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Topic: Question about curiosity of HF readers

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Subject: Question about curiosity of HF readers
Date Posted: 11/13/2010 6:04 AM ET
Member Since: 10/20/2007
Posts: 1,680
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I'm currently reading "My Theodosia" by Anya Seton.   Its about the relationship of Aaron Burr and his daughter.  I'm halfway through the book and am so tempted to google the life of Theodosia, but I'm forcing myself not to do it so I can find out the answer to my questions in the book.

When I've previously read about the Plantagenets or Tudors, I went to google halfway through the book and the info I got kinda ruined the ending of the books for me.

Does anyone else try to find out more about the characters in HF books before finishing?  Or, is it just my curiosity getting the best of me?

Alice J. (ASJ) - ,
Date Posted: 11/13/2010 7:04 AM ET
Member Since: 5/13/2009
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PE  I really try not to do that but I can't help myself sometimes. I have been known to read the end of the book half way through too. Very bad girl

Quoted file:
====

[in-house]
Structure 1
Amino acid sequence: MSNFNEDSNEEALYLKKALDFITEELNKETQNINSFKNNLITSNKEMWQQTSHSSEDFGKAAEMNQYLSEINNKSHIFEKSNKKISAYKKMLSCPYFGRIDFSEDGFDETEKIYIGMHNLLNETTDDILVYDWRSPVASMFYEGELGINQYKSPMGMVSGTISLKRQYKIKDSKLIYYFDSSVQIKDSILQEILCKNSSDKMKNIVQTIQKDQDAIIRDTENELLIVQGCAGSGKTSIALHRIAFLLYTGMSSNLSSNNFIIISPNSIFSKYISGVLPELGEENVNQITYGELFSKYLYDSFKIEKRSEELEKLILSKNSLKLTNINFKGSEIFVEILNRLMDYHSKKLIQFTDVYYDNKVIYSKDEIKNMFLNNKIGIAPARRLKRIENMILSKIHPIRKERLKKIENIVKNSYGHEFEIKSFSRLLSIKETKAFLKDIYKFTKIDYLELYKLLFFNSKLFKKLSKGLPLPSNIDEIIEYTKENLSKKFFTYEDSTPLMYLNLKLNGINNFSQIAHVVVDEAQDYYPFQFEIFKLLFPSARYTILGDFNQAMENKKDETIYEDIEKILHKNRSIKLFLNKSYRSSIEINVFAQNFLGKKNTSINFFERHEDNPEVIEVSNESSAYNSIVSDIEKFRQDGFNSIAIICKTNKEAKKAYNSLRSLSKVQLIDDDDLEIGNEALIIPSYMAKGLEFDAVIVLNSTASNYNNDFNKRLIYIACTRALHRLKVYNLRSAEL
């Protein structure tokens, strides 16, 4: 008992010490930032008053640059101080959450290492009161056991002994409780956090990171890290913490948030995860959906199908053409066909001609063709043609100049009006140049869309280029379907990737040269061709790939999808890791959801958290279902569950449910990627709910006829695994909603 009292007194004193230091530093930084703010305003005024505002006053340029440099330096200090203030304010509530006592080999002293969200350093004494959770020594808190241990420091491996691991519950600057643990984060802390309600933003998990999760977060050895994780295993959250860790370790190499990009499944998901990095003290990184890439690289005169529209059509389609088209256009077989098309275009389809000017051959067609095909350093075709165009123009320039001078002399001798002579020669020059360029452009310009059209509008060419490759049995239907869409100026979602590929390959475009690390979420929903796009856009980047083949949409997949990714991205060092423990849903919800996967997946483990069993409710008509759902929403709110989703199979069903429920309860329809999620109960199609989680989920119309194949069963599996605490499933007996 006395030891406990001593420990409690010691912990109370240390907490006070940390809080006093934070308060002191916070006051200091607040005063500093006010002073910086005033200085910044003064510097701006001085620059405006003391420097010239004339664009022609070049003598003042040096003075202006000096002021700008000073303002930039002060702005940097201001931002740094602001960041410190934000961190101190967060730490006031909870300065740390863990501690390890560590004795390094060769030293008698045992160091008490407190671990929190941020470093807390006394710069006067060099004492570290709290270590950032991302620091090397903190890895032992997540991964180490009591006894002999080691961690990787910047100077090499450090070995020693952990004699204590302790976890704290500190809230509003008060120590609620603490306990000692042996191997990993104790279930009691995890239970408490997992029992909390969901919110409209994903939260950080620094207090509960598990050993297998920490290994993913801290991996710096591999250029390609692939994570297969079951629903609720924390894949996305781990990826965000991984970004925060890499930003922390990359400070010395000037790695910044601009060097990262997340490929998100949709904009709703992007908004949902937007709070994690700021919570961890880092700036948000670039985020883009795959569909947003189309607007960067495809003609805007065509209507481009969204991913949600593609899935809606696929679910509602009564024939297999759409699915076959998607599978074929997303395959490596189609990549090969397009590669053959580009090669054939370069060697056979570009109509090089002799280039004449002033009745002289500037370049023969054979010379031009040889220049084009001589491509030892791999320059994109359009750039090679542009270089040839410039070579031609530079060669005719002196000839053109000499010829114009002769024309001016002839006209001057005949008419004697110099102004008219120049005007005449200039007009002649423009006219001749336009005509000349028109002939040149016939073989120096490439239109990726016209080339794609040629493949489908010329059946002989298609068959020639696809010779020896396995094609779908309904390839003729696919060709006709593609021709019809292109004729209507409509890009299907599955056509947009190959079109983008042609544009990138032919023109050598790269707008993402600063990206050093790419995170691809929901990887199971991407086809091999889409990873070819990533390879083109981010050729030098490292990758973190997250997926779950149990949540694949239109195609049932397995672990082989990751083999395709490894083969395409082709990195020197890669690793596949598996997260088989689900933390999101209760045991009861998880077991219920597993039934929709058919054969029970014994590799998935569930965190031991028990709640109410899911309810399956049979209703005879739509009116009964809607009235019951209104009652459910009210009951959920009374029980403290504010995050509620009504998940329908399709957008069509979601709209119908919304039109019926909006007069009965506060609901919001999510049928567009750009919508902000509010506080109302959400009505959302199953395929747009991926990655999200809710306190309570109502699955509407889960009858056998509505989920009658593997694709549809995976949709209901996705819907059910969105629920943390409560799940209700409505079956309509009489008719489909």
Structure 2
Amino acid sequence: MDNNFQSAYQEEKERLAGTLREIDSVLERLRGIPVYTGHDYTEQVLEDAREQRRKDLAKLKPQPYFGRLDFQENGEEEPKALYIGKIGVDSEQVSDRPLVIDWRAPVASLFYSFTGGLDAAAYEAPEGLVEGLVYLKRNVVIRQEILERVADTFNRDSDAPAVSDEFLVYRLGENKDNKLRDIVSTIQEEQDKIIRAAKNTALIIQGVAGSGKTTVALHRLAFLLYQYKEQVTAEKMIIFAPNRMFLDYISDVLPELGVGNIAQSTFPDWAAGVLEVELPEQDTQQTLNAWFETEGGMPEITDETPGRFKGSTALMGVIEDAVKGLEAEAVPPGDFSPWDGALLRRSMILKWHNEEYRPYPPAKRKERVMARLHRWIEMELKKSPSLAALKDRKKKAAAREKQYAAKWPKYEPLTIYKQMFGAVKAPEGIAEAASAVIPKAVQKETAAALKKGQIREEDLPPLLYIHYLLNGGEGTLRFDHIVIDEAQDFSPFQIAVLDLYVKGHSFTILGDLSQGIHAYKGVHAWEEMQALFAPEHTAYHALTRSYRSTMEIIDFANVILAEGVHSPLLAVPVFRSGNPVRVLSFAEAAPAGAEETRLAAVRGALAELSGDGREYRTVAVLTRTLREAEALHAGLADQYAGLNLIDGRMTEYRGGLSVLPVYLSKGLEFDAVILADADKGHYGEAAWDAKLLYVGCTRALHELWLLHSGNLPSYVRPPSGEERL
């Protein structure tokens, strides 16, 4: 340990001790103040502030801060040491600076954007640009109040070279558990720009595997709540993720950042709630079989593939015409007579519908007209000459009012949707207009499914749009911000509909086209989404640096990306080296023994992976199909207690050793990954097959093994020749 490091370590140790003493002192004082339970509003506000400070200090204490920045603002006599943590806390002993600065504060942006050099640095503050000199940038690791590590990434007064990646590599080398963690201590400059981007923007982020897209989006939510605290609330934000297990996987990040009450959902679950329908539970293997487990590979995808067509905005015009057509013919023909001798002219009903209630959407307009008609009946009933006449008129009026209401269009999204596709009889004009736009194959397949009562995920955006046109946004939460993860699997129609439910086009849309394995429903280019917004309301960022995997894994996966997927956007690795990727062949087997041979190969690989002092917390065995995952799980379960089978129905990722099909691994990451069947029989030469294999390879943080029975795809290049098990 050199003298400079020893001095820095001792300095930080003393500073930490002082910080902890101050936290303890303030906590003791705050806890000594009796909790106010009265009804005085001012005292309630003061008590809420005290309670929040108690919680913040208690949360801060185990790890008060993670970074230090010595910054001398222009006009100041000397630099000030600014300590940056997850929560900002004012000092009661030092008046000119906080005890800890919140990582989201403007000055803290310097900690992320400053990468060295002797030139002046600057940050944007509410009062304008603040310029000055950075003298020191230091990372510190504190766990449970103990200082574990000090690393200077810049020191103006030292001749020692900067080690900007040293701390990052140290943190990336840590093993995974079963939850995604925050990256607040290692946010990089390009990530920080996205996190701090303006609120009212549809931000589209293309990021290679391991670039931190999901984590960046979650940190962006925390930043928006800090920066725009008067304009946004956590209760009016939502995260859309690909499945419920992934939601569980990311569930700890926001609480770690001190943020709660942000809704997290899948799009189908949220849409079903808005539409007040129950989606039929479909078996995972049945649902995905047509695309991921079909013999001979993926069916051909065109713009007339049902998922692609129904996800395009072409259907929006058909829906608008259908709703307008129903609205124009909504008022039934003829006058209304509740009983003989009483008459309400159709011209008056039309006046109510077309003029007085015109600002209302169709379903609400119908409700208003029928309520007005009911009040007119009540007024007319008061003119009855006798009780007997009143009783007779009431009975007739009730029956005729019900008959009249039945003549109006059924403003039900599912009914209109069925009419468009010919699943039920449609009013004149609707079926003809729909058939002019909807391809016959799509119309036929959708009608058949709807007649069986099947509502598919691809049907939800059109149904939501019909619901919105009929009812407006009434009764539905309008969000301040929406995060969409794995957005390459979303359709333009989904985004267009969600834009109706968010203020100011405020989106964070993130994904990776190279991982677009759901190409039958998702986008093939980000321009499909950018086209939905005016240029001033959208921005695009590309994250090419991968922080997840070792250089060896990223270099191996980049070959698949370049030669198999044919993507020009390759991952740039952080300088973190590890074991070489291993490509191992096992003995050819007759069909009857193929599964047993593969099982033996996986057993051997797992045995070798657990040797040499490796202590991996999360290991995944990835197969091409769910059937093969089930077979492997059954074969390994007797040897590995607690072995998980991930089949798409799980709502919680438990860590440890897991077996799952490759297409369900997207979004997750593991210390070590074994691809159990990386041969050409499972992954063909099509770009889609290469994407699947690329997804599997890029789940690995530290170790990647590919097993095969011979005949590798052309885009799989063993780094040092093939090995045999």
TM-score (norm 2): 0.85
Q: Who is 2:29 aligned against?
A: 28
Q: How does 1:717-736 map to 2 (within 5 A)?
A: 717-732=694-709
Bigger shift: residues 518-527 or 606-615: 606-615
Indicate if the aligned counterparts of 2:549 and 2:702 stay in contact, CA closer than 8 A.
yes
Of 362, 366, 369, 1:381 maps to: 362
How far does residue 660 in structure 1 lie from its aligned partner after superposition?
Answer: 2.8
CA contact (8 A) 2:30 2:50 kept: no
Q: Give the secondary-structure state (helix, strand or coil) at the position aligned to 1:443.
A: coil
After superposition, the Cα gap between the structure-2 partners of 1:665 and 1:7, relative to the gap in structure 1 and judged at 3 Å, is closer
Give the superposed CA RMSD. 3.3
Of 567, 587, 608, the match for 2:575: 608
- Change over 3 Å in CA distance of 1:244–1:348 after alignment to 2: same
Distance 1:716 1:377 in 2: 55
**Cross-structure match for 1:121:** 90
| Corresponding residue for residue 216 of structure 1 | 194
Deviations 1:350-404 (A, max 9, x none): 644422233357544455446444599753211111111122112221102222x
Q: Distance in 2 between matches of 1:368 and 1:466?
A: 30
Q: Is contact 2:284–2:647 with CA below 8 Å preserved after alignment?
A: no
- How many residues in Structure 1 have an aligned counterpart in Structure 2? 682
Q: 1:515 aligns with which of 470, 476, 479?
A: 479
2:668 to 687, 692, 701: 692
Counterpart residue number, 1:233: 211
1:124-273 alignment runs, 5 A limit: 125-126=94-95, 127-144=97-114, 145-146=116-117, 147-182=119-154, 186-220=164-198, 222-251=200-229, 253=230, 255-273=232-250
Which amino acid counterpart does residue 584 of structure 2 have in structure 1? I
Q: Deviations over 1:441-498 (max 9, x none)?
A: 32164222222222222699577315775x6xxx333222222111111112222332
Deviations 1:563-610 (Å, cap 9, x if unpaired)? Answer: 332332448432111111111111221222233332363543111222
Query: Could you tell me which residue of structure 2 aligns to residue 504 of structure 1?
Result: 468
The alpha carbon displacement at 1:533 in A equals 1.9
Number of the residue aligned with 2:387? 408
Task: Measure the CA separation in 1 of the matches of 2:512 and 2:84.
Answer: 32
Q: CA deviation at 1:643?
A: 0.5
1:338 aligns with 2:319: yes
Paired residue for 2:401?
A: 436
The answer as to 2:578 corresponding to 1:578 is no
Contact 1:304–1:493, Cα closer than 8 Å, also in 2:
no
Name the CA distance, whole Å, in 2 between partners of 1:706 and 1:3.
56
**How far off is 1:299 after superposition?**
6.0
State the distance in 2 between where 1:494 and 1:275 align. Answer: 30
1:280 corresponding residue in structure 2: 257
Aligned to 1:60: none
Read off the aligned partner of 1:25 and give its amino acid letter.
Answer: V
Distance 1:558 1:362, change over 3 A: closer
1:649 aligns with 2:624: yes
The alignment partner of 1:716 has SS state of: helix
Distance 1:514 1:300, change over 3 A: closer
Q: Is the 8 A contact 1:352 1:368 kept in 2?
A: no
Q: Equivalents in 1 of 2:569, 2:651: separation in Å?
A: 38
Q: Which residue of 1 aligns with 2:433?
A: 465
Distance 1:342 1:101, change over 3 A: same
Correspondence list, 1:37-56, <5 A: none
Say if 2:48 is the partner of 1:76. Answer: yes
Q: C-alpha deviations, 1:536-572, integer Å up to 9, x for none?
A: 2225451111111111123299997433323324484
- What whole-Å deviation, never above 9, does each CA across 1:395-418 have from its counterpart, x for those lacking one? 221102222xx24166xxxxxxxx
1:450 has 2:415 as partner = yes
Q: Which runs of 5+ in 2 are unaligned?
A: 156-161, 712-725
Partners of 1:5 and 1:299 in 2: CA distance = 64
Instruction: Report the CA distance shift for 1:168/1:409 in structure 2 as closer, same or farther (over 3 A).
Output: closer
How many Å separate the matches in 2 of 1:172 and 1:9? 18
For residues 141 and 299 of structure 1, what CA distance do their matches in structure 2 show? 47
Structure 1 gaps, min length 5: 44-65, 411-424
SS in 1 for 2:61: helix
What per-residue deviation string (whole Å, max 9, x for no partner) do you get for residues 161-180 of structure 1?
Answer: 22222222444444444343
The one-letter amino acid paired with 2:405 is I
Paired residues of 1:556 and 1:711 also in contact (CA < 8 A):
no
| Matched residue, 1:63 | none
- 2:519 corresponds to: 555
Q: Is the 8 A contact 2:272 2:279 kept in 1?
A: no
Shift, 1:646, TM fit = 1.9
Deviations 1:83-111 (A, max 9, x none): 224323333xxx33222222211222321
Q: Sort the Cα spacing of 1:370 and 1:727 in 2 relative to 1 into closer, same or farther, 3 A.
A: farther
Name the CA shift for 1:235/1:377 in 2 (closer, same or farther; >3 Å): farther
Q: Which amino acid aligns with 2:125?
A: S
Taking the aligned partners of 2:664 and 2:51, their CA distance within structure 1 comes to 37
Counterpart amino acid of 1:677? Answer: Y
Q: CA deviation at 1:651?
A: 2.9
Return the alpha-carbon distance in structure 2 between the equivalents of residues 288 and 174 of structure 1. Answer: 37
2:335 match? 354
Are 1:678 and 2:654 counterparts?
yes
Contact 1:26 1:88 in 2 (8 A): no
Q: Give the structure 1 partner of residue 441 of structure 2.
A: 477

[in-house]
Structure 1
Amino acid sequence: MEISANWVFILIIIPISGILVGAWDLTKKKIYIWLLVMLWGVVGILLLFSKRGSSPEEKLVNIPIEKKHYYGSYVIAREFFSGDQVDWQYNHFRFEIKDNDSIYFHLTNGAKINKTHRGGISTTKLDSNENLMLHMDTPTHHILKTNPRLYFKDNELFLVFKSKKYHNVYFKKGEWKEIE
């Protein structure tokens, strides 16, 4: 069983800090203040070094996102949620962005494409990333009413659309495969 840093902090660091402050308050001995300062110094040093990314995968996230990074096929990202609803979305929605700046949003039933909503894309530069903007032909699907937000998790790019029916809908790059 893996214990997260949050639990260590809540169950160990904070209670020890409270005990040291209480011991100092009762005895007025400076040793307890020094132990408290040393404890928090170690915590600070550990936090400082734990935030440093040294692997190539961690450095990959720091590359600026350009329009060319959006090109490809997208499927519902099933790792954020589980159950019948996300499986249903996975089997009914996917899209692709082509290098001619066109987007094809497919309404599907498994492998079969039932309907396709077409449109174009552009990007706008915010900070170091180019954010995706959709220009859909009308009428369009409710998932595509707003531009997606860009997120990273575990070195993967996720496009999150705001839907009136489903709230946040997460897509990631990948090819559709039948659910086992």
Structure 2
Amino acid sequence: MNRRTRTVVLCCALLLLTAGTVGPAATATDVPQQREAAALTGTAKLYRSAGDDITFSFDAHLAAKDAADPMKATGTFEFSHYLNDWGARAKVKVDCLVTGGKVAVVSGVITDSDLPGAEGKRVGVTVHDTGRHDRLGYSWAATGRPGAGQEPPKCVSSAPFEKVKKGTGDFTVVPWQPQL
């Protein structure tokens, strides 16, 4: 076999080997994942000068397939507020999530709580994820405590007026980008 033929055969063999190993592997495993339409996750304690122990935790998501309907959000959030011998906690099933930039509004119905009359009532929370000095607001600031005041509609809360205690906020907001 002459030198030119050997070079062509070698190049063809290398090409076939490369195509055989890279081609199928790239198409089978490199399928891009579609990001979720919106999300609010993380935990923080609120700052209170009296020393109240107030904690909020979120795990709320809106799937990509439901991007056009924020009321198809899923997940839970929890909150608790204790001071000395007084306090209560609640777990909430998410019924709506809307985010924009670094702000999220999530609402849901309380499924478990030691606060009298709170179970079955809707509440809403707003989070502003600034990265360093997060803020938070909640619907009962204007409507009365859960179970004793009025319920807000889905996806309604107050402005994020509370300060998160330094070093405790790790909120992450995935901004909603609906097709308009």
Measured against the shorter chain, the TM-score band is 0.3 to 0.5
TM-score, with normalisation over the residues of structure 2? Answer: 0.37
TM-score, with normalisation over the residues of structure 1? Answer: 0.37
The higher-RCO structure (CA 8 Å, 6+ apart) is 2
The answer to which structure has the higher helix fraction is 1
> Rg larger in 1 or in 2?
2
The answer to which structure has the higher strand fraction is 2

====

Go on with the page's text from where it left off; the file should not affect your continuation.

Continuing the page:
Glad you are an Anya Seton fan too. I love her books The Winthrop Woman and Avalon. I have Theodosia on my bookshelf, haven't read it yet.

Alice

Date Posted: 11/13/2010 7:35 AM ET
Member Since: 5/19/2007
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Hey Philly!

Funny, I was just thinking about this the other day, and decided I was willing to wager that most of the HF readers here do go find historical facts about the time period/people we read about.  Now, whether they do that after finishing the book, or midway through...can't say.  I've been in your position, though, just dying to find out what's happening, not willing to ruin the end of the book.  I still have my college textbooks to refer to for anything from Ancient Egypt, Greece or Rome, so that's good.  But it's fun to check Wikipedia for updates.  

I usually try to wait until I"m finished..  angel

Date Posted: 11/13/2010 7:37 AM ET